The team continued to grow. Josep Fortino’s nieces started to work at the bakey again and discovered a natural talent for baking. They soon took over the production of cookies and pastries.

Main entrance of the old bakery

The trial for the old business premise

Nine months later, with the entry into force of the LAU in Barcelona (urban leasing law of 2015), Gemma received the official notification that they must leave the building in a month. Since she was not prepared to leave without fighting, the family started a three and a half years of a judicial process that finally led to eviction.

Throughout that time, we collected two thousand signatures that they presented to the judge. We also had the opportunity to explain to the judge the history of the family business but the verdict declared that they had to leave. However, we were not asked to pay any fine and the time taken by the judge to rule on their case gave us enough time to save the business.

We built a new workroom from scratch on Montseny street, four streets away from the old bakery, which began operating in January 2016. As it was a larger workroom we could get fermentation cameras that allowed us to work with more quality and stability. We bought the best in order to be able to continue making the traditional stone-baked Catalan bread.

The wood oven was never used again. Since we stopped operating the wood oven, the stone of the oven contracted and cracks and humidity appeared on the walls. A part of our heart cooled down with the old oven, but there was nothing we could do, it was time to move forward.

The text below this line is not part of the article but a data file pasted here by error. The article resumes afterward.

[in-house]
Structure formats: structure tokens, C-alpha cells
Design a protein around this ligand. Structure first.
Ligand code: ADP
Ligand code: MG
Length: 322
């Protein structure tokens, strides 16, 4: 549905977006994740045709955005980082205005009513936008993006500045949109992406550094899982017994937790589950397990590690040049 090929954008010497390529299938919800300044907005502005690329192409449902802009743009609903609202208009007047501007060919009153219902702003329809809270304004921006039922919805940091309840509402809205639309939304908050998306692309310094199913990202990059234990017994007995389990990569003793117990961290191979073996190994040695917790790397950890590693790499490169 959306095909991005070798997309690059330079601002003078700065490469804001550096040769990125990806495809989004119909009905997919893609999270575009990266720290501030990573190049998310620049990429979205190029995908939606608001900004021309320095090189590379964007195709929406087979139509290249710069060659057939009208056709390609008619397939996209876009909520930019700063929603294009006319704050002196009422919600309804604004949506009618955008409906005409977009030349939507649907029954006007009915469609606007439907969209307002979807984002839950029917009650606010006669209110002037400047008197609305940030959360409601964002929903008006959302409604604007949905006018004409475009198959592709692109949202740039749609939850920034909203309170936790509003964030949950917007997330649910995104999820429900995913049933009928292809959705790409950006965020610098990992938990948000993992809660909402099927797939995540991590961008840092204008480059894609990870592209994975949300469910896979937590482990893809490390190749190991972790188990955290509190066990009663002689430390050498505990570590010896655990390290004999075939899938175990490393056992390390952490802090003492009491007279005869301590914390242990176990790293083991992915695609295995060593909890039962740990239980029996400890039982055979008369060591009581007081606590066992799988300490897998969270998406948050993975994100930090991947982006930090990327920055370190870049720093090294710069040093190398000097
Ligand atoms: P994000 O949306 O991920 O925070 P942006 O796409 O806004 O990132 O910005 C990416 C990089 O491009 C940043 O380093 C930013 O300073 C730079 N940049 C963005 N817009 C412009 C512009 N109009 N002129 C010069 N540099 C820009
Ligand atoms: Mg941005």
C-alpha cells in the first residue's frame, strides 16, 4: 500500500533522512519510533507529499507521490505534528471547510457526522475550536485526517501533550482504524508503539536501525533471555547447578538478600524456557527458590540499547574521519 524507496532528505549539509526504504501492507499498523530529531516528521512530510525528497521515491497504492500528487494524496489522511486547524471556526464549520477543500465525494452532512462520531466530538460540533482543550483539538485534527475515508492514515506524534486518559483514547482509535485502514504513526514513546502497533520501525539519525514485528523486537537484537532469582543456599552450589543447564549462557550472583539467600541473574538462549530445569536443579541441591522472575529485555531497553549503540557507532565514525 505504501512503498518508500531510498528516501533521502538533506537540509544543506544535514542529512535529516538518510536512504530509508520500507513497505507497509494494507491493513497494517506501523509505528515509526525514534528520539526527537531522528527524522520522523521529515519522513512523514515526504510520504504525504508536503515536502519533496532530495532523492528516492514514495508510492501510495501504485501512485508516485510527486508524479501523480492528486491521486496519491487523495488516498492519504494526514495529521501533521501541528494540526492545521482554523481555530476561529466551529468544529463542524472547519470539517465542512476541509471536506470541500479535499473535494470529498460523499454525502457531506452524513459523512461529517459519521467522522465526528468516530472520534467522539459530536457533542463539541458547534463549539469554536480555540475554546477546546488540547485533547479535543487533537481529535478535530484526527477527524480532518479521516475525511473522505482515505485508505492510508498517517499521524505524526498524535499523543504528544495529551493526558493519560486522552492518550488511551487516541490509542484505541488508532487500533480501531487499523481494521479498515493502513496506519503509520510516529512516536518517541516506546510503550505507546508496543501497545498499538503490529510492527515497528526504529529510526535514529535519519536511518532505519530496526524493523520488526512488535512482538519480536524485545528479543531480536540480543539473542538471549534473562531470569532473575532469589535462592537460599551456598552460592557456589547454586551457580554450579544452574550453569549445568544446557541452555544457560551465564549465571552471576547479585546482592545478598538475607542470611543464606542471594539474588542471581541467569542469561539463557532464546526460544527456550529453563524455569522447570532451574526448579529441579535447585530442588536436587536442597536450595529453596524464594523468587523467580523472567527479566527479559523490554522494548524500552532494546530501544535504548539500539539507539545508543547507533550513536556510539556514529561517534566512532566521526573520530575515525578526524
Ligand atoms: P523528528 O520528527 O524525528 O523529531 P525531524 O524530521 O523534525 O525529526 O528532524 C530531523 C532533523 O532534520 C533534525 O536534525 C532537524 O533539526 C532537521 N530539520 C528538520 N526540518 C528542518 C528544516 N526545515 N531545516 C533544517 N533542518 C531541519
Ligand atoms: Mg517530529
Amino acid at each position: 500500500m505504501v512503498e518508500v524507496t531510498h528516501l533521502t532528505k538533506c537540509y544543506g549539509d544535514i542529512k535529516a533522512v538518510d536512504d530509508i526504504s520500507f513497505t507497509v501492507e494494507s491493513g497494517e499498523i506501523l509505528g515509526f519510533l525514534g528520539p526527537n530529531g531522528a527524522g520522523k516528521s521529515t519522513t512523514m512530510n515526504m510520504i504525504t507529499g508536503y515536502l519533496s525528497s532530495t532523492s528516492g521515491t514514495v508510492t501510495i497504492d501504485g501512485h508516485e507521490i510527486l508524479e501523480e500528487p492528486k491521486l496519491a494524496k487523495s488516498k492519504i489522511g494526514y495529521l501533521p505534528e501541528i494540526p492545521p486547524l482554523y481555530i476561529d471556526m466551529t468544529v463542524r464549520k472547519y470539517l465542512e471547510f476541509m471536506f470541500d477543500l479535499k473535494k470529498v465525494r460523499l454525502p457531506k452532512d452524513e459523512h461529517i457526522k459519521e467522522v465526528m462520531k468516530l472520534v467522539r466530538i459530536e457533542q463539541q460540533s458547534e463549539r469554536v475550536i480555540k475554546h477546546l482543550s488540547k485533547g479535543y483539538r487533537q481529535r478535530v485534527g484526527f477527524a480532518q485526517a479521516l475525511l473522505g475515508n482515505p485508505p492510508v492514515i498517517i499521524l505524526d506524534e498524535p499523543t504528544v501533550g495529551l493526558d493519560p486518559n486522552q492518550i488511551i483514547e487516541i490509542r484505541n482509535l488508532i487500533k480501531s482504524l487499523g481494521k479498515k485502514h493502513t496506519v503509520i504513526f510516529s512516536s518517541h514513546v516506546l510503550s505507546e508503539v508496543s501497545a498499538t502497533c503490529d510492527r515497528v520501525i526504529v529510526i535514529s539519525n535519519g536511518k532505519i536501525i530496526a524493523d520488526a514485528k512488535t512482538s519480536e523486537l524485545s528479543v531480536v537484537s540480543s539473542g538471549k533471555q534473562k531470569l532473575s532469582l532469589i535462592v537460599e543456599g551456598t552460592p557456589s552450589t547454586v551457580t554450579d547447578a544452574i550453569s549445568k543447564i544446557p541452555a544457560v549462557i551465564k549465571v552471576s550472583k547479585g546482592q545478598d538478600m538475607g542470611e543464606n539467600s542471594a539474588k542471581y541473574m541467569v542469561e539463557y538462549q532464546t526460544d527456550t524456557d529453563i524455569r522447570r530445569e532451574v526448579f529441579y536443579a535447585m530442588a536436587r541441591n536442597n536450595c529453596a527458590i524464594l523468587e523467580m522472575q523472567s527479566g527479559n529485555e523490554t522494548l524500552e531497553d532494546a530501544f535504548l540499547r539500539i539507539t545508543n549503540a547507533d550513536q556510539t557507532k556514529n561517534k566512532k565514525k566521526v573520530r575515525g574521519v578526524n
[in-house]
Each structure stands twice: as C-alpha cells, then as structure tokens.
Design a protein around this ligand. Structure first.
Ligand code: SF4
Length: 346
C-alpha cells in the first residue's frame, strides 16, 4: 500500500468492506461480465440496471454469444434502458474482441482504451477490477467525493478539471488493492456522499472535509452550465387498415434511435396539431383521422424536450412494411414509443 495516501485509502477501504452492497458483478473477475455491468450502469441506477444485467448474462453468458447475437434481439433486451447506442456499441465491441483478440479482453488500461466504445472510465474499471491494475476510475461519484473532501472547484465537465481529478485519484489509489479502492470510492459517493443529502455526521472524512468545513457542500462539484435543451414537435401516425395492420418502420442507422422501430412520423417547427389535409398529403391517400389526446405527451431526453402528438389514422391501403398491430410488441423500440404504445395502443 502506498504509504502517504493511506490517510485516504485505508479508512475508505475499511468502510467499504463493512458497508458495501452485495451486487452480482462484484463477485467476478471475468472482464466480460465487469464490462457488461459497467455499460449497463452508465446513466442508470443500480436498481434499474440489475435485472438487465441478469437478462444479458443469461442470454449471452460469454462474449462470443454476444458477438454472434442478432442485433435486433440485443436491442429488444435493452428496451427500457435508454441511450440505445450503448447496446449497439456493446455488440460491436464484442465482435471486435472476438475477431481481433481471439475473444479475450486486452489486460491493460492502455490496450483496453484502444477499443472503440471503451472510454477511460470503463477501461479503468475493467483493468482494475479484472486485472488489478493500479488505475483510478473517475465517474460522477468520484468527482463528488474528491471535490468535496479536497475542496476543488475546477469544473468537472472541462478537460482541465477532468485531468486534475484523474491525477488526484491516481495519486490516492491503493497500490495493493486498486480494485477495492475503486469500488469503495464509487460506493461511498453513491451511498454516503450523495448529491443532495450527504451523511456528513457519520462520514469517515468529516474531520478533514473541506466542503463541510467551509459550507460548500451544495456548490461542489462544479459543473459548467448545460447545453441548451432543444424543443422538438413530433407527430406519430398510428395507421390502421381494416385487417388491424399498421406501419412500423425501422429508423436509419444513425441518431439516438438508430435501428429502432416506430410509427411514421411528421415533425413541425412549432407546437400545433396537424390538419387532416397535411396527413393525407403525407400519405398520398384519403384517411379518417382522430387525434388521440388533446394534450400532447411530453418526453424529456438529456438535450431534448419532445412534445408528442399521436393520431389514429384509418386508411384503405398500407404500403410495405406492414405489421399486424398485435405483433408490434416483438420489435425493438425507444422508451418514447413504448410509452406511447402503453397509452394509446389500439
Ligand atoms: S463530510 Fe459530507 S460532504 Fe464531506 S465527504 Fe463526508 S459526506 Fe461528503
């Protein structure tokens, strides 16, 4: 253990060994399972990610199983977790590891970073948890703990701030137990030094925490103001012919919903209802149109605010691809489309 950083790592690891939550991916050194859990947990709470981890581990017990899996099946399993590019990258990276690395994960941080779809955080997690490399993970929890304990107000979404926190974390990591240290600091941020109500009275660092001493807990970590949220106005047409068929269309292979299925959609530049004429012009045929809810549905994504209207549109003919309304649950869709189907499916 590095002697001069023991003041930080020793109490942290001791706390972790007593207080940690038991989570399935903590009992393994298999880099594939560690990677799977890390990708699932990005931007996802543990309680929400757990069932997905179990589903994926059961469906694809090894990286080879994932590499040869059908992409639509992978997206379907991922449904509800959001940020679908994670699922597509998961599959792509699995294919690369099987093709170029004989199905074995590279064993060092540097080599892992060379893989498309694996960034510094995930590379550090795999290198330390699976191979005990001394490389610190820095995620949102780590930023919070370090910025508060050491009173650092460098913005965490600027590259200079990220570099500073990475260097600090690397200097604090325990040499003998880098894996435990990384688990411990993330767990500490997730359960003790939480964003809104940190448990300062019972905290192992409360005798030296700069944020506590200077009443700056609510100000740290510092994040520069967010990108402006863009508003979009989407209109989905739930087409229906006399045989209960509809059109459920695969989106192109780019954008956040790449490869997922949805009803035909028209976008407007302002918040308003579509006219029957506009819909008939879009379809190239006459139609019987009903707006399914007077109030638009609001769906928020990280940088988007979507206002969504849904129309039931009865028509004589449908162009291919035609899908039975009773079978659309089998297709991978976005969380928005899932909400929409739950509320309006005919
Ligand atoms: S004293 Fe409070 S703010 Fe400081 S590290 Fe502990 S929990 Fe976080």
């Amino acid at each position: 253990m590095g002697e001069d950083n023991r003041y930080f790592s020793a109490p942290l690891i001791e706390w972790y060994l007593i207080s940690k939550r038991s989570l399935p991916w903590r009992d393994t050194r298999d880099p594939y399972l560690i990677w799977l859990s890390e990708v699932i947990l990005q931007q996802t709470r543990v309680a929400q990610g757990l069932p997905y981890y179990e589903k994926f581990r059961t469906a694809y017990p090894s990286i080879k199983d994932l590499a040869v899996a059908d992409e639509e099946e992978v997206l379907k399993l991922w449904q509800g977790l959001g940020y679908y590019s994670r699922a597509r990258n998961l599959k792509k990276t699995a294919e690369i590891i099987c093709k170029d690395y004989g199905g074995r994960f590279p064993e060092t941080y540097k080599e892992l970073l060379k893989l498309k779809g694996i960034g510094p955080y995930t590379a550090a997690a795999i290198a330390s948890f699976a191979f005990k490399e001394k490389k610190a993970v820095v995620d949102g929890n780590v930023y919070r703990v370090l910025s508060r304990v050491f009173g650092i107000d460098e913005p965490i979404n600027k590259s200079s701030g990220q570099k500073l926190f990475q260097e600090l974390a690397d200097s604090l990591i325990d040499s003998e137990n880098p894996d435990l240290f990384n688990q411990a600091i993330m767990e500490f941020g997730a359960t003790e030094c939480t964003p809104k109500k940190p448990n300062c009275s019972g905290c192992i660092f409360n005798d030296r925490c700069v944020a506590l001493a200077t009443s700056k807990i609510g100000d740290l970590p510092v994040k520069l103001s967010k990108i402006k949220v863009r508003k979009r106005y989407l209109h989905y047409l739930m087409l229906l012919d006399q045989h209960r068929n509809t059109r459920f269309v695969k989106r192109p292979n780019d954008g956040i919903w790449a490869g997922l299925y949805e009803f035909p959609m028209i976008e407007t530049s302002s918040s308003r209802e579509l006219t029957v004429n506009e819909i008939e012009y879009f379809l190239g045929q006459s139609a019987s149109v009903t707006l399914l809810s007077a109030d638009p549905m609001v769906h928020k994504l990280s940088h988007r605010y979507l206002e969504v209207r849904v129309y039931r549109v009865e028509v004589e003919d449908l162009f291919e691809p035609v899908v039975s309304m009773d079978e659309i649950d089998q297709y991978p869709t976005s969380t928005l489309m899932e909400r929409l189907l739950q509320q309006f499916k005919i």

The new bakery

As the eviction date approached, we started looking for a new location for our bakery. We were very lucky to find a nice bakery location on the same street just eighty meters away from the old one. We paid the business transfer fee and we started the design and the works of the new store.

We moved in February 2018. Five days later we returned the keys to the owner of the old building and we said goodbye to a place that had been our home for a lifetime.

Our surprise was that in the new premises, with a very large and beautiful showcase, our sales started to go up. Not only our loyal customers started to visit us but also other members of our local community.

Even today, as we write this text, almost nine months after opening the new store, old customers who did not know that we had to leave the old bakery keep telling us how surprised and happy they are to know that we found a new location. Found us or rejoin us in this new stage.

Gemma Fortino

October 2018

The new bakery on Travessera de Gràcia 126
The interior of the new bakery

The old wood oven, now decorative.

Design of the new store Ángel Rico Panceiras, Architect.